Pray, pray, pray! There is nothing that makes the demons powerless nor quenches the fires of fleshly desire more than prayer. And consequently, there is nothing that will bring more spiritual warfare into your life than prayer. Because it places you in opposition to the schemes of the devil, he will fight you. Additionally, because you will be taking up your cross and crucifying the old man, even your flesh will fight you. It doesn’t like crucifixion.
If you decide to pray then you will find that you remember things you need to do, you remember conversations that made you feel upset, and you will become distracted by little ideas and fantasies. You might even have theological ideas that seem brilliant.
Ignore all of these things, even the ideas that seem good. But what if it is so good that it has to be something from God? You still must brush it aside. When God wants to bestow something upon you, He will do it in a manner that furthers your salvation and in a time and place that is good. Interrupting prayer is not beneficial.
If the enemy cannot tempt you and lead your mind astray with something evil (a lustful or vain fantasy, a remembrance of wrong, etc) then he will plant into your mind seemingly good and grandiose ideas. All of the fathers of the Church teach this from their own experience; you and I are no exception to this rule.
If you don’t have a prayer book, then I would recommend just about any Orthodox prayer book you can find online (including this one). If you need to order one, then while you are waiting for it to ship you can begin by using my favorite prayer book: the Psalter (a.k.a. the Psalms).
One more note on this: go easy on yourself as you begin to build a prayer rule. You aren’t expected to pray like a monk. Be disciplined, but keep it light at first. As you find your desire for prayer increases, then gradually increase your prayer rule.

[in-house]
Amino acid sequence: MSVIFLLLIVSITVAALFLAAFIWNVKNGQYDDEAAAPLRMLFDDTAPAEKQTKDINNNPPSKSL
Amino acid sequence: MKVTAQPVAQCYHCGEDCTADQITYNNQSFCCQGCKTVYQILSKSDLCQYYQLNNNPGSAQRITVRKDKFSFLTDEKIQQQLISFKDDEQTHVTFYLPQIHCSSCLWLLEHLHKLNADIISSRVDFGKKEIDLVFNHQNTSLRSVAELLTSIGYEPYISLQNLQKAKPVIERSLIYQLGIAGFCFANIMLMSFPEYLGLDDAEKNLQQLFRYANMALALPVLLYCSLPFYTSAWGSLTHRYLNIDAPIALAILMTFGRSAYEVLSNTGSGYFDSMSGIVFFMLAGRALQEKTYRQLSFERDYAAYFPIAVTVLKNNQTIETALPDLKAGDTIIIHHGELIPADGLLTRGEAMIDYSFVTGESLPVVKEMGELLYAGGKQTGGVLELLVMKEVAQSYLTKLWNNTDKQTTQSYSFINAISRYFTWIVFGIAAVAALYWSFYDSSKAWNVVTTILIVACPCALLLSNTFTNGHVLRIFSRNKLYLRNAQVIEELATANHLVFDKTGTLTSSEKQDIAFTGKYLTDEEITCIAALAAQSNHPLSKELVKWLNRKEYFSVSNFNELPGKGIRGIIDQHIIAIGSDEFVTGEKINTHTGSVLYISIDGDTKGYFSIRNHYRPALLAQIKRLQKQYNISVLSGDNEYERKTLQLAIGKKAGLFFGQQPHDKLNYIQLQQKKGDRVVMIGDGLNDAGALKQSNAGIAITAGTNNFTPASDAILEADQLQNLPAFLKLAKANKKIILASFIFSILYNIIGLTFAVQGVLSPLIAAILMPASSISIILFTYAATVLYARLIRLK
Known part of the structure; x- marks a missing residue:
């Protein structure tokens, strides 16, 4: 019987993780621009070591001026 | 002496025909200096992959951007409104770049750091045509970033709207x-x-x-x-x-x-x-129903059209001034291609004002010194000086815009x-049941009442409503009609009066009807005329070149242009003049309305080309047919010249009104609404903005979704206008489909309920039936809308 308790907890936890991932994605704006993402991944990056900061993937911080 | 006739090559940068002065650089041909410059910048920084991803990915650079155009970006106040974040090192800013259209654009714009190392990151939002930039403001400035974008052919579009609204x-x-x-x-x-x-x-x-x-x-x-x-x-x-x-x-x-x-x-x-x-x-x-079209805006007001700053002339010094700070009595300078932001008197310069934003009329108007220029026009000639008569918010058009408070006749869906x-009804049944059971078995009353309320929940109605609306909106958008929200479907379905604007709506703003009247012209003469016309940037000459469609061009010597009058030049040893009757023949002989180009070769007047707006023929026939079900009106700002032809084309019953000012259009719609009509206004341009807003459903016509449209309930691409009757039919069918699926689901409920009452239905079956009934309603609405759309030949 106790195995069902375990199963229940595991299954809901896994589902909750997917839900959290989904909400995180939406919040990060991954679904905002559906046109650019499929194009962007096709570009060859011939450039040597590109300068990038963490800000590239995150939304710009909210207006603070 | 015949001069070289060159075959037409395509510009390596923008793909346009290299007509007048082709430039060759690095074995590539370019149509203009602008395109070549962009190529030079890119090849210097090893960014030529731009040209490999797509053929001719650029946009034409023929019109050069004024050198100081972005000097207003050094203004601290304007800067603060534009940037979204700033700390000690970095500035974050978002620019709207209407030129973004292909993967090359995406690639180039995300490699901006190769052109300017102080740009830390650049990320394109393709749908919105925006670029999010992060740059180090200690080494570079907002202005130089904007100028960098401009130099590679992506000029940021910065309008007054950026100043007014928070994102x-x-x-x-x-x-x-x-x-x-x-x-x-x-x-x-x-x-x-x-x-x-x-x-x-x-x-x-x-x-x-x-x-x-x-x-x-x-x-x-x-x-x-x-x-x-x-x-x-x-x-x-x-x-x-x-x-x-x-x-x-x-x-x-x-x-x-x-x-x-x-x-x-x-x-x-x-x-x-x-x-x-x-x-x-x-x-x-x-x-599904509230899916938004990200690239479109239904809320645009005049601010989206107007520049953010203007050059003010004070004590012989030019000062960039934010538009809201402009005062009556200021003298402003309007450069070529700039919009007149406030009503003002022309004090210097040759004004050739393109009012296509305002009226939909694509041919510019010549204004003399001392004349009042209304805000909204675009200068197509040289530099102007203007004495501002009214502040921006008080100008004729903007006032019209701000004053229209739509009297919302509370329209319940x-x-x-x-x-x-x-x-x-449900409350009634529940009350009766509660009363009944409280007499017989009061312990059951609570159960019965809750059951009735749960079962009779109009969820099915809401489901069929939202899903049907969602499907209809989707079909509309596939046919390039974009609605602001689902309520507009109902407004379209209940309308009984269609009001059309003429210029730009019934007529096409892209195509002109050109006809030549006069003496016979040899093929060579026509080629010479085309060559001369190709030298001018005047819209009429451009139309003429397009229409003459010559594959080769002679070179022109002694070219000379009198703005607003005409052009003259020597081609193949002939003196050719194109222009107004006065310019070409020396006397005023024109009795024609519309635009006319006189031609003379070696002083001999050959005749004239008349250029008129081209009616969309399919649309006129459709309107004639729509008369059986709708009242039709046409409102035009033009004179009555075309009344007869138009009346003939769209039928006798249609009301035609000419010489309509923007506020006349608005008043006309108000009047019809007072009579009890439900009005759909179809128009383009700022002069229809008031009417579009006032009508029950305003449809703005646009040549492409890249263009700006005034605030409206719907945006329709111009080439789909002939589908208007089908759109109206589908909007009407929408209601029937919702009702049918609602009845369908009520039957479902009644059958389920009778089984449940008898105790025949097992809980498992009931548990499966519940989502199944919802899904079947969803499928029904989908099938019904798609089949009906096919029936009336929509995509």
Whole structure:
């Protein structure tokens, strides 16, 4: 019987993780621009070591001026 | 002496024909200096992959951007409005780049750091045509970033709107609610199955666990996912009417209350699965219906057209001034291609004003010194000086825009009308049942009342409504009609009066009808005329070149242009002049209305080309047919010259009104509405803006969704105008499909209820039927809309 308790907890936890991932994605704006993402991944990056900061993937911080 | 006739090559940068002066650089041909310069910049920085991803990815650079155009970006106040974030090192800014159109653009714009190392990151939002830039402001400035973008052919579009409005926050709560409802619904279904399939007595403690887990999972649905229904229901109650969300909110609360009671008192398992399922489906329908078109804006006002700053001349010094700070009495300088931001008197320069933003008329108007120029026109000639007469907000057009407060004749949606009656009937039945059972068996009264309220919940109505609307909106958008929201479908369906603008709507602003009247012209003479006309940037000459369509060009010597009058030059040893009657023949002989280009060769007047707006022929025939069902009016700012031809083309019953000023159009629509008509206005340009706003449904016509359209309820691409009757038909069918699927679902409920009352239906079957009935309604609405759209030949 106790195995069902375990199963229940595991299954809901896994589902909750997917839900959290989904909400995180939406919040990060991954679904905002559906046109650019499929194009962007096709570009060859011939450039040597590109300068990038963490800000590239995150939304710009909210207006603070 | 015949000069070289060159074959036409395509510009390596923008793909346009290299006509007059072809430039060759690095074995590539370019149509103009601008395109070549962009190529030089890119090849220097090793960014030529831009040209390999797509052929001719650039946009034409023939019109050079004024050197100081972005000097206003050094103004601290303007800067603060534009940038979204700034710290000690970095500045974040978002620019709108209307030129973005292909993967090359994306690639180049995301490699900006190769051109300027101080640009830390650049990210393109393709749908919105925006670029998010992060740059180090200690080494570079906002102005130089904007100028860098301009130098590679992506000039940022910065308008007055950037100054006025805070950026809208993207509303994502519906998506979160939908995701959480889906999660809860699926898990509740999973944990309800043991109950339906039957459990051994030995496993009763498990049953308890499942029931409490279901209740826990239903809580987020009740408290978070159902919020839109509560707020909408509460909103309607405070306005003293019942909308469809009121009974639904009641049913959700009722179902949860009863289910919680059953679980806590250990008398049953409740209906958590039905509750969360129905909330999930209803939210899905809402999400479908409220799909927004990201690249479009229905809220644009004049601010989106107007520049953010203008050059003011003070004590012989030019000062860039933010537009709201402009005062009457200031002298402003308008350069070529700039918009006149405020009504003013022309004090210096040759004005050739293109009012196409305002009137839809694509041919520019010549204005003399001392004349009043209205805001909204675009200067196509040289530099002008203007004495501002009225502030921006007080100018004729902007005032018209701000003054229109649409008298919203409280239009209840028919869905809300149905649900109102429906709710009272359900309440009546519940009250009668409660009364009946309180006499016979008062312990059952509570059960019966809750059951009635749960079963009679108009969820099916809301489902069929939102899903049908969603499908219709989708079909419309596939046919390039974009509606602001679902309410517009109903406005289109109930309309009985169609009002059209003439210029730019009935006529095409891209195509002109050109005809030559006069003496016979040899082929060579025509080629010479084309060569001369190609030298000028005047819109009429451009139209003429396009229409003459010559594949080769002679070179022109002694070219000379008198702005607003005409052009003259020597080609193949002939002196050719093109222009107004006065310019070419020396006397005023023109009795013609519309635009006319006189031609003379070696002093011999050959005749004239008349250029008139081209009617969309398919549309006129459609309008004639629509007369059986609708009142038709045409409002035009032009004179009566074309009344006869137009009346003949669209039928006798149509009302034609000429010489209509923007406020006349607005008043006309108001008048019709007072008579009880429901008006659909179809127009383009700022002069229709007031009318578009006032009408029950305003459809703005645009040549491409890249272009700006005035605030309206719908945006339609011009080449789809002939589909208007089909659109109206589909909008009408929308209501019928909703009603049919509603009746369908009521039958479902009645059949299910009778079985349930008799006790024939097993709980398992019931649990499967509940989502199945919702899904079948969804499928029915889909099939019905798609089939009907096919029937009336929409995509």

LEARN THE COMMANDMENTS
St. Ignatius Brianchaninov commanded all novices entering into a monastery (that is, those who were potential monks), to devote much of their time and attention to learning the commandments of Christ. Read the New Testament, and especially the gospels. Learn them by heart, and when you have done that, keep reading them.
Just as important as reading the gospels is understanding them. And nothing beats learning from someone who was extremely intelligent and illumined. While it is a bit pricey, the most approachable patristic commentary on the gospels is by Blessed Theophylact.
He pretty much breaks it down verse by verse with a commentary on each verse as you read along. Theophylact was very spiritual and very learned, he combined much of the commentary of earlier fathers with his own and made it concise as well. My wife and I recently purchased this set and have found it to be invaluable. You can order a copy here.
Part 1: Our Father who art in heaven
Part 2: Hallowed be Thy name, Thy Kingdom come
Part 3: Thy will be done on earth as it is in heaven.
Part 4: Give us this day our daily bread
Part 5: And forgive us our trespasses…
1 thought on “The Lord’s Prayer, Part 3”
This was very encouraging! I can relate to the innumerable distractions and thoughts that occur when one tries to pray. Thank you for this practical advice… I have also found the Bl Theophylact’s commentary to be especially enlightening. Wish I had discovered it earlier.